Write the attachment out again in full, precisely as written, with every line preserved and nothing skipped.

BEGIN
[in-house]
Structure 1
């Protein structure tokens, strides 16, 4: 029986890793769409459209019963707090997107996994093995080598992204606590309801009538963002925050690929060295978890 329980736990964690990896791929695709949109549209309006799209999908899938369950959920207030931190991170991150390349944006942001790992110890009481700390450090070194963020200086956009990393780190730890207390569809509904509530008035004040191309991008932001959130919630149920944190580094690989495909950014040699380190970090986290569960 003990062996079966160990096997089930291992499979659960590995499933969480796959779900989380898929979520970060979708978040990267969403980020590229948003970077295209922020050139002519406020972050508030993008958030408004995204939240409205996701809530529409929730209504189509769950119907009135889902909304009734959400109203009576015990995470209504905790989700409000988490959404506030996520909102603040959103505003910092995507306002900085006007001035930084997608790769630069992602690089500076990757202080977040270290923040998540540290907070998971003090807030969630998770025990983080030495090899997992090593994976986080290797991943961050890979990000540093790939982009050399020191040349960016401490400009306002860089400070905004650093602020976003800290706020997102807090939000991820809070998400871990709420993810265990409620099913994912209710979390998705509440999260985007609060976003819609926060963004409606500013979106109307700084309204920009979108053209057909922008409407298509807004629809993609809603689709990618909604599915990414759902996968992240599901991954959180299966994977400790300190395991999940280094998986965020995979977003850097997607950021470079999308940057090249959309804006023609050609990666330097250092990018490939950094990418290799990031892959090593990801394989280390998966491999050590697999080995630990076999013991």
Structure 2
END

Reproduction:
[in-house]
Structure 1
């Protein structure tokens, strides 16, 4: 029986890793769409459209019963707090997107996994093995080598992204606590309801009538963002925050690929060295978890 329980736990964690990896791929695709949109549209309006799209999908899938369950959920207030931190991170991150390349944006942001790992110890009481700390450090070194963020200086956009990393780190730890207390569809509904509530008035004040191309991008932001959130919630149920944190580094690989495909950014040699380190970090986290569960 003990062996079966160990096997089930291992499979659960590995499933969480796959779900989380898929979520970060979708978040990267969403980020590229948003970077295209922020050139002519406020972050508030993008958030408004995204939240409205996701809530529409929730209504189509769950119907009135889902909304009734959400109203009576015990995470209504905790989700409000988490959404506030996520909102603040959103505003910092995507306002900085006007001035930084997608790769630069992602690089500076990757202080977040270290923040998540540290907070998971003090807030969630998770025990983080030495090899997992090593994976986080290797991943961050890979990000540093790939982009050399020191040349960016401490400009306002860089400070905004650093602020976003800290706020997102807090939000991820809070998400871990709420993810265990409620099913994912209710979390998705509440999260985007609060976003819609926060963004409606500013979106109307700084309204920009979108053209057909922008409407298509807004629809993609809603689709990618909604599915990414759902996968992240599901991954959180299966994977400790300190395991999940280094998986965020995979977003850097997607950021470079999308940057090249959309804006023609050609990666330097250092990018490939950094990418290799990031892959090593990801394989280390998966491999050590697999080995630990076999013991």
Structure 2